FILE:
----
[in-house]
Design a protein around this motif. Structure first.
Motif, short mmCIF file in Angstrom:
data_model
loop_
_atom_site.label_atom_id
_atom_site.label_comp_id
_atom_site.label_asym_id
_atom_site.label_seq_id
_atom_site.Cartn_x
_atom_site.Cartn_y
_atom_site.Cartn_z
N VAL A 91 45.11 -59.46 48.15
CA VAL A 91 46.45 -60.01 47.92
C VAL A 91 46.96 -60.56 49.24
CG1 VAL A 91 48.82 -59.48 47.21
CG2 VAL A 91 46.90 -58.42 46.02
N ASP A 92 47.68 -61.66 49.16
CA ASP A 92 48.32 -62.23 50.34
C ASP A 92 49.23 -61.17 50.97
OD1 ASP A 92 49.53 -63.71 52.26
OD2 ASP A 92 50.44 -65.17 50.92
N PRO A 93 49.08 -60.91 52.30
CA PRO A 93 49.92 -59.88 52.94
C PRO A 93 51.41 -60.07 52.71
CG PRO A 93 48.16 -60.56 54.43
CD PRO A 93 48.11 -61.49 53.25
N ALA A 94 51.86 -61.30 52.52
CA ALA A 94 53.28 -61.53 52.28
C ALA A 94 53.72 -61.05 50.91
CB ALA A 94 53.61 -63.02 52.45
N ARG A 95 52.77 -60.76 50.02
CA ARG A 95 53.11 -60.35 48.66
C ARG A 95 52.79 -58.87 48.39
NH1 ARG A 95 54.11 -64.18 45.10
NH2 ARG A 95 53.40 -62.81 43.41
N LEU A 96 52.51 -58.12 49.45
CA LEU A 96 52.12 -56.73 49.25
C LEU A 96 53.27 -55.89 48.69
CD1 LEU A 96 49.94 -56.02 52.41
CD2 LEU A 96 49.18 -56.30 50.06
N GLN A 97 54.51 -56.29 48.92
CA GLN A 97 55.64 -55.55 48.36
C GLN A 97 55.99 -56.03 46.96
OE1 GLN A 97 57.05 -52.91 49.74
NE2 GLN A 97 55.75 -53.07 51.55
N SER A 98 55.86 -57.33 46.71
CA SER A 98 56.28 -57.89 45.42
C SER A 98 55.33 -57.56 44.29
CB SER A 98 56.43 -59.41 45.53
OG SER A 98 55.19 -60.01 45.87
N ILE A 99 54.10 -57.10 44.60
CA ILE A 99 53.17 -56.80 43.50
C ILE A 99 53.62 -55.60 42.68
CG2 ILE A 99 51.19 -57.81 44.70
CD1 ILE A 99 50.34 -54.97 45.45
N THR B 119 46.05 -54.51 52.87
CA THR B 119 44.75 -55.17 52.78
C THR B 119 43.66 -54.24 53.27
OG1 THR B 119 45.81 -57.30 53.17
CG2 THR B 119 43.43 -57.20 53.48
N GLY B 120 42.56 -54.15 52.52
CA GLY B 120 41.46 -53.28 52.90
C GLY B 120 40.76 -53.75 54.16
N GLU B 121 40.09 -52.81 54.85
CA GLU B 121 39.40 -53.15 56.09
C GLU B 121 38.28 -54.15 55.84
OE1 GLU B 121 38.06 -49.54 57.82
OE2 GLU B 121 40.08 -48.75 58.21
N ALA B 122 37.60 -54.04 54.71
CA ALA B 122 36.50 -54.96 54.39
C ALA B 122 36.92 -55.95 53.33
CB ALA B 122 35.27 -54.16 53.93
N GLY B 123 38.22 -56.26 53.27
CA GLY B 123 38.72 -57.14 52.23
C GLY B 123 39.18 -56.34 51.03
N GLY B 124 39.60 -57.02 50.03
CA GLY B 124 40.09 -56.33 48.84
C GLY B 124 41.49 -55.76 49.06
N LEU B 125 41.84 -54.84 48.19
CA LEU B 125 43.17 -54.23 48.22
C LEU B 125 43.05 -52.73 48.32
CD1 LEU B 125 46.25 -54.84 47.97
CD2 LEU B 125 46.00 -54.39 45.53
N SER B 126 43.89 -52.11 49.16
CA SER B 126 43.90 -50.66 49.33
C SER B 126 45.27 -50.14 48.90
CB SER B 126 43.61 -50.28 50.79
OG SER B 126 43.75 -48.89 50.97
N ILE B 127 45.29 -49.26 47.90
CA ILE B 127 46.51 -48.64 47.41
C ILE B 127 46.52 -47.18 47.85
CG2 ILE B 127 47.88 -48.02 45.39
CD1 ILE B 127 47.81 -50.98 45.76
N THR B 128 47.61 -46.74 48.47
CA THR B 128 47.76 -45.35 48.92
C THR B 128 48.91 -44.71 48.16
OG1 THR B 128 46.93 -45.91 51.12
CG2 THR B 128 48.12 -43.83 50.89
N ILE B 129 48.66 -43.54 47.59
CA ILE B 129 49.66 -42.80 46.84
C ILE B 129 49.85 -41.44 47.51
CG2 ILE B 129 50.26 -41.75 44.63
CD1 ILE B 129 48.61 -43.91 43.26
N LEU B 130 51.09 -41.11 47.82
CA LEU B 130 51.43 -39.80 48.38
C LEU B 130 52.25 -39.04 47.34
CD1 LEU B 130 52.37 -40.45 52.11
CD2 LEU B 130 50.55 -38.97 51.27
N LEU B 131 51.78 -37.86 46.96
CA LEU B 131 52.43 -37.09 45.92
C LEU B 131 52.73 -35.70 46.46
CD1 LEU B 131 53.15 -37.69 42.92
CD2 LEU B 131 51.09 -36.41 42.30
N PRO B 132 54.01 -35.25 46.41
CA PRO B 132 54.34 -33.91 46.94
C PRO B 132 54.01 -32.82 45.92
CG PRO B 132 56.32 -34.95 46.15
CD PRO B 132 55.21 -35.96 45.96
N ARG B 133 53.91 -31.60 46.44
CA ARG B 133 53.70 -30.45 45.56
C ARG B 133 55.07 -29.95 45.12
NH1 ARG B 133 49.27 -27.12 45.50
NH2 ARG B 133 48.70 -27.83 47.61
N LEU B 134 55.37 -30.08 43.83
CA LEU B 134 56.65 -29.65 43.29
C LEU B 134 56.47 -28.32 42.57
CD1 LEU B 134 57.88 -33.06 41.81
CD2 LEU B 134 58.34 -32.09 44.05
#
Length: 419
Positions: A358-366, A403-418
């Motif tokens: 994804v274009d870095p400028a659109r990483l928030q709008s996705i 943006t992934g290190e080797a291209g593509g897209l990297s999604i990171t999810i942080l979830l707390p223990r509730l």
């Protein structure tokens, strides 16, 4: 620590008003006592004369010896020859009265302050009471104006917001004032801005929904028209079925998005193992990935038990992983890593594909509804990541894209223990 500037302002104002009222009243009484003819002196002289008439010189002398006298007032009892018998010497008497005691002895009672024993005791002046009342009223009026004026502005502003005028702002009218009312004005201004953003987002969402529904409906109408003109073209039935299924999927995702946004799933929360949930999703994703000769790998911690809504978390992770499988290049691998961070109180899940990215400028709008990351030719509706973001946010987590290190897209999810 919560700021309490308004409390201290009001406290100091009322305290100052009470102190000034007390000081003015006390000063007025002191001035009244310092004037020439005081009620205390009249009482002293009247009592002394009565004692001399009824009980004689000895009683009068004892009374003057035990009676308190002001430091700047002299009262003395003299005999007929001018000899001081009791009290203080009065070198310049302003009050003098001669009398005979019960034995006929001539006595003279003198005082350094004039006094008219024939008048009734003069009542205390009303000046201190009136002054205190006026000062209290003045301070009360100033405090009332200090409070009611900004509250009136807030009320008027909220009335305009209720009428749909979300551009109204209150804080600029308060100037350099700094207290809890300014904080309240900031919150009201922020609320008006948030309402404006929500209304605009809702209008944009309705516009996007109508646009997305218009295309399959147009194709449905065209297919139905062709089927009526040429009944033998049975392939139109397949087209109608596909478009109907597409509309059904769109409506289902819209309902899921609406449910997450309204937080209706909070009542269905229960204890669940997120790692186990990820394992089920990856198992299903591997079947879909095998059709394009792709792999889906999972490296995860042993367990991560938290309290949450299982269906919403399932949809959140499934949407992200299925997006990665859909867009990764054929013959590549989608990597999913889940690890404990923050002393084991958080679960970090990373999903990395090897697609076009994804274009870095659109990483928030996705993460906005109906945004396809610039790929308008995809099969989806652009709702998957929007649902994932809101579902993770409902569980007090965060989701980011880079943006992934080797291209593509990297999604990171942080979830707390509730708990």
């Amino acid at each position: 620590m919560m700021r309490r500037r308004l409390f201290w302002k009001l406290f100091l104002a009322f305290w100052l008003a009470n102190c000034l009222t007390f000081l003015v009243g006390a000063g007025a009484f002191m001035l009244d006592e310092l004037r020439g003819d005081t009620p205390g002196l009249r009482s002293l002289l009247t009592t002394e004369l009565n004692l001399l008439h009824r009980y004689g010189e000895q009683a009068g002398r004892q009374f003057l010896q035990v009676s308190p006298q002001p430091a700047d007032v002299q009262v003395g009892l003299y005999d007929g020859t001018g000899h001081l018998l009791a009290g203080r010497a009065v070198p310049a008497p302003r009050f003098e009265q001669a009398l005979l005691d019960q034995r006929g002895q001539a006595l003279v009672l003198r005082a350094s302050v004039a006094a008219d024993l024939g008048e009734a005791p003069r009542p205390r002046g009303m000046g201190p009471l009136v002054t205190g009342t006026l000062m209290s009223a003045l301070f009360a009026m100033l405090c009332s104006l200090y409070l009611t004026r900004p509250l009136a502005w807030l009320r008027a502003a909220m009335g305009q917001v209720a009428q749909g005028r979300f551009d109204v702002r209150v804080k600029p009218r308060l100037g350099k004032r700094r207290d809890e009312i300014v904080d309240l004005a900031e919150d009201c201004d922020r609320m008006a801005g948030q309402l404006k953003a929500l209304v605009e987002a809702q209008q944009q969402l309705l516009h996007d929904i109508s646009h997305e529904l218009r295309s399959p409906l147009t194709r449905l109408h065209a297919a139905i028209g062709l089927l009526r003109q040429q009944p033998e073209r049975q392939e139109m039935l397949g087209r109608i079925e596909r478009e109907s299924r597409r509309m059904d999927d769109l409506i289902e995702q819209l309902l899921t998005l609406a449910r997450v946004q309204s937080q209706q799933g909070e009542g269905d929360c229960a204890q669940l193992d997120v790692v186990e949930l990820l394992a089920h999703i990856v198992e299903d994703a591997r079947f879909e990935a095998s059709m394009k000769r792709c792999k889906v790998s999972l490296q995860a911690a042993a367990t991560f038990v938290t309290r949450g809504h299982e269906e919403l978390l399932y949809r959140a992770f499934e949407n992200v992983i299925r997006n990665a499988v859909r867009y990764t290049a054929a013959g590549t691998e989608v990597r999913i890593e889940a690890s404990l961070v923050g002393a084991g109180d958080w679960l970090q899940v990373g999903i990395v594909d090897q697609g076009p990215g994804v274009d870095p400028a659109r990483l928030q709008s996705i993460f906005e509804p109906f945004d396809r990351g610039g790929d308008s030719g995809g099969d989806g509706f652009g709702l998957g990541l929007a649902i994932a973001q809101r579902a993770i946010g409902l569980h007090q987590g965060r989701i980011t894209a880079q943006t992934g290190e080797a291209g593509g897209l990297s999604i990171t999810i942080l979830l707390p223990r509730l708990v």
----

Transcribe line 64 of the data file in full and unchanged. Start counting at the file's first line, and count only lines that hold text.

C GLY B 120 40.76 -53.75 54.16